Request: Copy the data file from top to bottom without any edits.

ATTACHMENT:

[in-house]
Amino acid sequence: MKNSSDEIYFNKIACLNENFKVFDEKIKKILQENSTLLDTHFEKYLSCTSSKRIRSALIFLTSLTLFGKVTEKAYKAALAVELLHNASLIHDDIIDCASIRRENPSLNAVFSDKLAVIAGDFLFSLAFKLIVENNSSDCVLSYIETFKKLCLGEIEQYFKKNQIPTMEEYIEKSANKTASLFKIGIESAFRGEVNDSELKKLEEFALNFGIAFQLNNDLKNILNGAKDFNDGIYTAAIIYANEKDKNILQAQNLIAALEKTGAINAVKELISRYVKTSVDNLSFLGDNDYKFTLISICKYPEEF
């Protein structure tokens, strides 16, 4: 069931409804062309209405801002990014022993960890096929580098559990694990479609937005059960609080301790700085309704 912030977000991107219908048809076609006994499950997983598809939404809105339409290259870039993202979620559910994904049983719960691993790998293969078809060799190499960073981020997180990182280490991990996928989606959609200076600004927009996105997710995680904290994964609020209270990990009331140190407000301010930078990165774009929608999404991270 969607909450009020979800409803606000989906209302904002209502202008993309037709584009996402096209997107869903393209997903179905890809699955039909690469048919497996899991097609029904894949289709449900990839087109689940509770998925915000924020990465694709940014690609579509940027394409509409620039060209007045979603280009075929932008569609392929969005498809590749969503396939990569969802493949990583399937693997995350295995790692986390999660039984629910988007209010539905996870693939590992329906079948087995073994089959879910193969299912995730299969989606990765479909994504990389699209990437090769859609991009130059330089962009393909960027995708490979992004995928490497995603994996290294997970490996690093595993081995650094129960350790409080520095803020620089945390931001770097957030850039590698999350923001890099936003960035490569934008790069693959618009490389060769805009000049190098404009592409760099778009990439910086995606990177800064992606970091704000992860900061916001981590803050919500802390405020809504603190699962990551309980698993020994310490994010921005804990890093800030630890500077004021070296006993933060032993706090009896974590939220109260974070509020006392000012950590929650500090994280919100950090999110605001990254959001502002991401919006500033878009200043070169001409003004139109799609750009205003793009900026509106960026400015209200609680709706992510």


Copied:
[in-house]
Amino acid sequence: MKNSSDEIYFNKIACLNENFKVFDEKIKKILQENSTLLDTHFEKYLSCTSSKRIRSALIFLTSLTLFGKVTEKAYKAALAVELLHNASLIHDDIIDCASIRRENPSLNAVFSDKLAVIAGDFLFSLAFKLIVENNSSDCVLSYIETFKKLCLGEIEQYFKKNQIPTMEEYIEKSANKTASLFKIGIESAFRGEVNDSELKKLEEFALNFGIAFQLNNDLKNILNGAKDFNDGIYTAAIIYANEKDKNILQAQNLIAALEKTGAINAVKELISRYVKTSVDNLSFLGDNDYKFTLISICKYPEEF
């Protein structure tokens, strides 16, 4: 069931409804062309209405801002990014022993960890096929580098559990694990479609937005059960609080301790700085309704 912030977000991107219908048809076609006994499950997983598809939404809105339409290259870039993202979620559910994904049983719960691993790998293969078809060799190499960073981020997180990182280490991990996928989606959609200076600004927009996105997710995680904290994964609020209270990990009331140190407000301010930078990165774009929608999404991270 969607909450009020979800409803606000989906209302904002209502202008993309037709584009996402096209997107869903393209997903179905890809699955039909690469048919497996899991097609029904894949289709449900990839087109689940509770998925915000924020990465694709940014690609579509940027394409509409620039060209007045979603280009075929932008569609392929969005498809590749969503396939990569969802493949990583399937693997995350295995790692986390999660039984629910988007209010539905996870693939590992329906079948087995073994089959879910193969299912995730299969989606990765479909994504990389699209990437090769859609991009130059330089962009393909960027995708490979992004995928490497995603994996290294997970490996690093595993081995650094129960350790409080520095803020620089945390931001770097957030850039590698999350923001890099936003960035490569934008790069693959618009490389060769805009000049190098404009592409760099778009990439910086995606990177800064992606970091704000992860900061916001981590803050919500802390405020809504603190699962990551309980698993020994310490994010921005804990890093800030630890500077004021070296006993933060032993706090009896974590939220109260974070509020006392000012950590929650500090994280919100950090999110605001990254959001502002991401919006500033878009200043070169001409003004139109799609750009205003793009900026509106960026400015209200609680709706992510």